The suspected Colorado movie theater gunman, James Holmes, is from San Diego, but lives in Aurora, CO. Holmes enrolled last year in a neuroscience Ph.D. program at the University of Colorado-Denver but was in the process of withdrawing.
The country is left wondering how a man with a seemingly bright future be motivated to open fire in a very crowded public place.
Reports have shown that Holmes was very meticulous in planning his moment, and Upstate psychologist Roger Rhoades said all this attention is likely all he wanted.
With hundreds of millions of dollars in production and advertising, for many the midnight showing of The Dark Knight Rises was the movie event of the year.
Rhoades said Holmes picked this day, this movie, for the massive exposure.
"Nobody knew who he was two days ago, but all of a sudden, everybody knows his name. Everybody knows his face. He's on all the newscasts, he's gone from obscure and unknowable, to very knowable," Rhoades said.
He said Holmes likely felt desperate, with an emotional pain he didn't know how to deal with. He said everyone is capable of snapping, and with enough weight, a person can buckle under the pressure.
Rhoades said Holmes planned for the dramatic. He didn't run after the shooting, and told police about his booby trapped apartment, because he wanted his name and face to be the story.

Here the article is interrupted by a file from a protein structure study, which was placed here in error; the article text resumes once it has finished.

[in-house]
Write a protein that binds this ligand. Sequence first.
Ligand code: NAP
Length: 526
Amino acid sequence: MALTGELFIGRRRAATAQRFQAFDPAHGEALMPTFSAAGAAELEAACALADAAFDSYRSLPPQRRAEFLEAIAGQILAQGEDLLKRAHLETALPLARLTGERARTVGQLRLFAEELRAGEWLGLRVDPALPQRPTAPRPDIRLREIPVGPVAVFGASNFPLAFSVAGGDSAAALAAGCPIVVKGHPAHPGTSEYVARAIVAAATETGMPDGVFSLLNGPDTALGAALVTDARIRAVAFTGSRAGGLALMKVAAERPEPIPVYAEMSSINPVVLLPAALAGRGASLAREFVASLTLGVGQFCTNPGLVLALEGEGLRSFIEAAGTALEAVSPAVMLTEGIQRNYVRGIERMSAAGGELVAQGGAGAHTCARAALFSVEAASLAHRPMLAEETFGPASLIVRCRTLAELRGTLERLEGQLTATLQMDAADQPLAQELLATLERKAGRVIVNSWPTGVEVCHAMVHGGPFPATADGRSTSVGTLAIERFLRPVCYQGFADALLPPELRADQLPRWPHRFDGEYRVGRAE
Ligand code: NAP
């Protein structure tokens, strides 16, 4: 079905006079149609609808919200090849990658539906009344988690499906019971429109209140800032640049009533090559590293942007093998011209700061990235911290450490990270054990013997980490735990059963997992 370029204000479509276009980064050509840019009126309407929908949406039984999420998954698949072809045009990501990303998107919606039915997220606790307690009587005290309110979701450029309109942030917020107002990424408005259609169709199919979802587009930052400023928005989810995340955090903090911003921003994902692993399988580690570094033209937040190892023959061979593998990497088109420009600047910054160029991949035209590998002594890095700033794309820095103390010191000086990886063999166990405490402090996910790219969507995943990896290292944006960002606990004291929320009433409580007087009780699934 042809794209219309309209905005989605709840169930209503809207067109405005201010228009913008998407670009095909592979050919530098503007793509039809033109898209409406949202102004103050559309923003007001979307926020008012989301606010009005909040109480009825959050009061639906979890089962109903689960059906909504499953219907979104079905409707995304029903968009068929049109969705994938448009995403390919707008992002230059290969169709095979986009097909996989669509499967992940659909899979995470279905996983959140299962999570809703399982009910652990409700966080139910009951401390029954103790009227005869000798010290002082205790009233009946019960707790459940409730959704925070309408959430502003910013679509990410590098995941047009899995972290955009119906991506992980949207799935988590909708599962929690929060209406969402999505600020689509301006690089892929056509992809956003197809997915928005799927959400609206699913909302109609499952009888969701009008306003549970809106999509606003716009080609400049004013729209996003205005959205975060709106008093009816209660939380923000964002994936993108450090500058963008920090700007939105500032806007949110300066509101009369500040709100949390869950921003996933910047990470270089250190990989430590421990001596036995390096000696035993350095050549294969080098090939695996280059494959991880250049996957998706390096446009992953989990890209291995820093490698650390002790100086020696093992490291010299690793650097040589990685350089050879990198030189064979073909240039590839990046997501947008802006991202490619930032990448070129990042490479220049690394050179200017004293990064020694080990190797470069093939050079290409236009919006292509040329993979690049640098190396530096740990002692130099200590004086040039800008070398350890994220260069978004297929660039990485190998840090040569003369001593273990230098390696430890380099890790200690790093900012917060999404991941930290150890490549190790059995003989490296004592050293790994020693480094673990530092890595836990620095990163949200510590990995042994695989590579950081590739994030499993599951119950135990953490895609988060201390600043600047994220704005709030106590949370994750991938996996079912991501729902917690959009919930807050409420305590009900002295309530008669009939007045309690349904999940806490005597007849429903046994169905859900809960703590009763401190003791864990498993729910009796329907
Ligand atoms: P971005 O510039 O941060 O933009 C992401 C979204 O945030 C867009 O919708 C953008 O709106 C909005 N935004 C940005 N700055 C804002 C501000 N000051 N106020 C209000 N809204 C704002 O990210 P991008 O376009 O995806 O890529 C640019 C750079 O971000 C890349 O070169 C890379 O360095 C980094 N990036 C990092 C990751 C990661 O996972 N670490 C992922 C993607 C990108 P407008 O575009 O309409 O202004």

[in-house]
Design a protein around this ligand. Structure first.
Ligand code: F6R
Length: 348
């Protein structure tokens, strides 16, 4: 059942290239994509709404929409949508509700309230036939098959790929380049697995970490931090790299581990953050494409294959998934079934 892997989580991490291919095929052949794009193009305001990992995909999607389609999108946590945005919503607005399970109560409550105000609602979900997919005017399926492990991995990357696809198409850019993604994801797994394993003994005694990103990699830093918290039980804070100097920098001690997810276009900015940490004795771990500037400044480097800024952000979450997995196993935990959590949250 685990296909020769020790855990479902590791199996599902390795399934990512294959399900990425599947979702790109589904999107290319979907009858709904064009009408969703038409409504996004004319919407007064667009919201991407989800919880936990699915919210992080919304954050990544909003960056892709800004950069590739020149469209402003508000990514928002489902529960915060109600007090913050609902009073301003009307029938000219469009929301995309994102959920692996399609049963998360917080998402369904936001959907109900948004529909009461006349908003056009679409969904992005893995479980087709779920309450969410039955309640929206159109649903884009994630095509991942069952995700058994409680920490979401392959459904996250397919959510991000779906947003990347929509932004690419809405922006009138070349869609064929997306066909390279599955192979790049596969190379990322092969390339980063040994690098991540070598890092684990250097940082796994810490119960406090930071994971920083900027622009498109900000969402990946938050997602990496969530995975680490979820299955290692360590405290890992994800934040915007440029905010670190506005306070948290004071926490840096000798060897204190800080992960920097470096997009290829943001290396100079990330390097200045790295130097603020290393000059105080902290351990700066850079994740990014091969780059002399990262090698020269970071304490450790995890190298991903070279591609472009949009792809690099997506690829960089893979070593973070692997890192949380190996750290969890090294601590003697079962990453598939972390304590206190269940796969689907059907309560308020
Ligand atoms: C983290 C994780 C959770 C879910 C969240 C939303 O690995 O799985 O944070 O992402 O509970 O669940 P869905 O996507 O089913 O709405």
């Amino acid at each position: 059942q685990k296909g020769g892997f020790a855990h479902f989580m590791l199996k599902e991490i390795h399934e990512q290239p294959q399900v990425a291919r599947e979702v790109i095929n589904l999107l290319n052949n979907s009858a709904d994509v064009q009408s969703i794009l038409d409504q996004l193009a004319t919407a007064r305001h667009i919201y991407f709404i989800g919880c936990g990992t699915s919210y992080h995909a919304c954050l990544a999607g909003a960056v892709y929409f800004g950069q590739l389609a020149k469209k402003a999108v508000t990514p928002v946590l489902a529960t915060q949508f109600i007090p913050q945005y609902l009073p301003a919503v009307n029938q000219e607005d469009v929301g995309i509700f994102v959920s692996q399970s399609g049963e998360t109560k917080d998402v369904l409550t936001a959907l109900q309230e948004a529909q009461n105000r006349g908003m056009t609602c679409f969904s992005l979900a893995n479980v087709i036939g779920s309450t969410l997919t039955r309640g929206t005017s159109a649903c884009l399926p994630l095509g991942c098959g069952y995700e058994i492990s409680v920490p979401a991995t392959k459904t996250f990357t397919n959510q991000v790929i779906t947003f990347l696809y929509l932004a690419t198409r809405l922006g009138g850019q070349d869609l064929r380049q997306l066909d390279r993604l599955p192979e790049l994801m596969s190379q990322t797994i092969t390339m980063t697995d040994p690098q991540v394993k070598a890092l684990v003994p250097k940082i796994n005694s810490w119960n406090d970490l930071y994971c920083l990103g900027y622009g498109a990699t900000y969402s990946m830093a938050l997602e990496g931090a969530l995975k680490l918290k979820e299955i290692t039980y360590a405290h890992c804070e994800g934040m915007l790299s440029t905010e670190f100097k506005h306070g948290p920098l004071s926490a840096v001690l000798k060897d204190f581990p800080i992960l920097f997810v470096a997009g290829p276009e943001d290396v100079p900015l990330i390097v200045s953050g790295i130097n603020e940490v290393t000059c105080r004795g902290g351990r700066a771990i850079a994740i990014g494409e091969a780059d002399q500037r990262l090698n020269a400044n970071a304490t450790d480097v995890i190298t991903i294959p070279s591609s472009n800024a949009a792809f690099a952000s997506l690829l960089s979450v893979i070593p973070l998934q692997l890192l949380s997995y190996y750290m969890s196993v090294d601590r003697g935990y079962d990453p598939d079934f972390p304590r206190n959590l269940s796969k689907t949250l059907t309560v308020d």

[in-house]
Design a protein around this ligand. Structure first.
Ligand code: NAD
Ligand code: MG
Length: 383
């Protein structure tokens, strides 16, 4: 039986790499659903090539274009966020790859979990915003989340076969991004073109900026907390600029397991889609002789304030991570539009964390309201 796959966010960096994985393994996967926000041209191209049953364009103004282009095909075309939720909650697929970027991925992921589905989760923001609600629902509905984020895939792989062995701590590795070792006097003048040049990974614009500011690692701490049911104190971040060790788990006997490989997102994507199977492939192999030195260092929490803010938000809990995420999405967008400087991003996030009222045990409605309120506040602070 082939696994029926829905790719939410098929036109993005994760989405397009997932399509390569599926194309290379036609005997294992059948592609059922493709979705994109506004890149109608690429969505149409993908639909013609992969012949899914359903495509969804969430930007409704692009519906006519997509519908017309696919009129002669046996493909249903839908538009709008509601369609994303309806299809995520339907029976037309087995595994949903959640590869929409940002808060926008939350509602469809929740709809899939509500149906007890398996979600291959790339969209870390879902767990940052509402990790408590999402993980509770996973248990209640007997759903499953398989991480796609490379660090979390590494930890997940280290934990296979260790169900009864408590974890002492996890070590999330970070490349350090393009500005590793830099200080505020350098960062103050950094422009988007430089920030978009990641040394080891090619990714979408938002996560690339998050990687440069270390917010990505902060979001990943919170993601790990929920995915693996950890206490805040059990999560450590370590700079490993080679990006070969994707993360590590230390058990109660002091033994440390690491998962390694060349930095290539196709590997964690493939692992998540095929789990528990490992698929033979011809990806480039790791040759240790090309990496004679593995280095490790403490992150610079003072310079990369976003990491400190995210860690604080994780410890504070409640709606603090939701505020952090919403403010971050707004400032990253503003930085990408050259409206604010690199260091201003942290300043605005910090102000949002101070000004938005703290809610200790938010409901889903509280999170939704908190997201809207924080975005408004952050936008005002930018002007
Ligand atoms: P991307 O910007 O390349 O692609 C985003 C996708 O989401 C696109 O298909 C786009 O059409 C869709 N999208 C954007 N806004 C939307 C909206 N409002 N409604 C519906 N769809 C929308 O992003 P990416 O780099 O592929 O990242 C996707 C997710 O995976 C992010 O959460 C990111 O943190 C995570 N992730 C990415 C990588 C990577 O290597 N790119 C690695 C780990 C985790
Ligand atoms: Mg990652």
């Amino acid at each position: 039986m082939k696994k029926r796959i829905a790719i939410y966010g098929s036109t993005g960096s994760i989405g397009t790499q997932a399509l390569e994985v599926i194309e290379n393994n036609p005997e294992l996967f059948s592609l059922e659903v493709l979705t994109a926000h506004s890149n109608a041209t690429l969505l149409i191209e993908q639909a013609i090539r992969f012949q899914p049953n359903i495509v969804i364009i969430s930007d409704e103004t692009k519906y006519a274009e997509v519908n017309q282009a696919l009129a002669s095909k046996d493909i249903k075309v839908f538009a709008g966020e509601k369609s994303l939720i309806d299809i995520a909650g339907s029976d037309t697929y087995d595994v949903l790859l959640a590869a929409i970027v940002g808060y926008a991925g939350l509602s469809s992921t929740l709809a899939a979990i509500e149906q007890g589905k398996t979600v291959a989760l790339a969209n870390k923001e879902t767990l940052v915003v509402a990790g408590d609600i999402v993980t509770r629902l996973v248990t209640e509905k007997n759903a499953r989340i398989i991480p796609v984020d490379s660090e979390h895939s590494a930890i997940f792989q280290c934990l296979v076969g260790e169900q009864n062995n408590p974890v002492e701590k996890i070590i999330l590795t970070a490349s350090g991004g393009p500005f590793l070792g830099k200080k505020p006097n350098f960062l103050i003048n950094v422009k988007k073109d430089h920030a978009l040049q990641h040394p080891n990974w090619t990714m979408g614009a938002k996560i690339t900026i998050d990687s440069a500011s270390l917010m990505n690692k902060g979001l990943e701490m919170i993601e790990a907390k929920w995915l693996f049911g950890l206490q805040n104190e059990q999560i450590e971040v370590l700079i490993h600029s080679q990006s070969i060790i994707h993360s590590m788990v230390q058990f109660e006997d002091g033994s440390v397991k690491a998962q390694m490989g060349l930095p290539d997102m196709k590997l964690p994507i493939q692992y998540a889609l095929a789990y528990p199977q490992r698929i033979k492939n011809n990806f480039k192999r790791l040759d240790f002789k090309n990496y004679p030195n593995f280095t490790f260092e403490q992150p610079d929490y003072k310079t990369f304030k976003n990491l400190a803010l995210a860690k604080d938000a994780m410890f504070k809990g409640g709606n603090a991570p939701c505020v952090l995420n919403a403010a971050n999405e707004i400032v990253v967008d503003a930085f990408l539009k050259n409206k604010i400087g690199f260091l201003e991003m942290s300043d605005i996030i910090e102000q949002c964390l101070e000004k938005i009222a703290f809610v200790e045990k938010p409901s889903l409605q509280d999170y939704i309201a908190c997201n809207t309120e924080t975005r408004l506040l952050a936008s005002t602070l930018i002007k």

Holmes graduated from the University of California-Riverside, in 2010. The school's chancellor, Timothy White, said "he was an honor student in neuroscience, graduated, he had merit based scholarships while he was here, and then he moved on to Colorado for graduate work."
A bouncer at a local bar Holmes frequented said, "he was laid back, kept to himself, never really talked to anybody."
Rhoades said the word "loner" often comes up in tragic shootings like these. He said the idea of the loner snapping is becoming more common because people need a network, whether it's friends, family, work, school. Rhoades said without that, people have too much time to think, and that over-thinking can be disastrous.
Rhoades said the idea that Holmes painted his hair red, and told police he was Batman's villain, "The Joker," may have been an easier way for the man to pull the trigger. He said Holmes was playing a character, disassociating from his normal self.
Copyright 2012 FOX Carolina (Meredith Corporation). All rights reserved.
Sunday, August 31 2014 3:31 PM EDT2014-08-31 19:31:29 GMT
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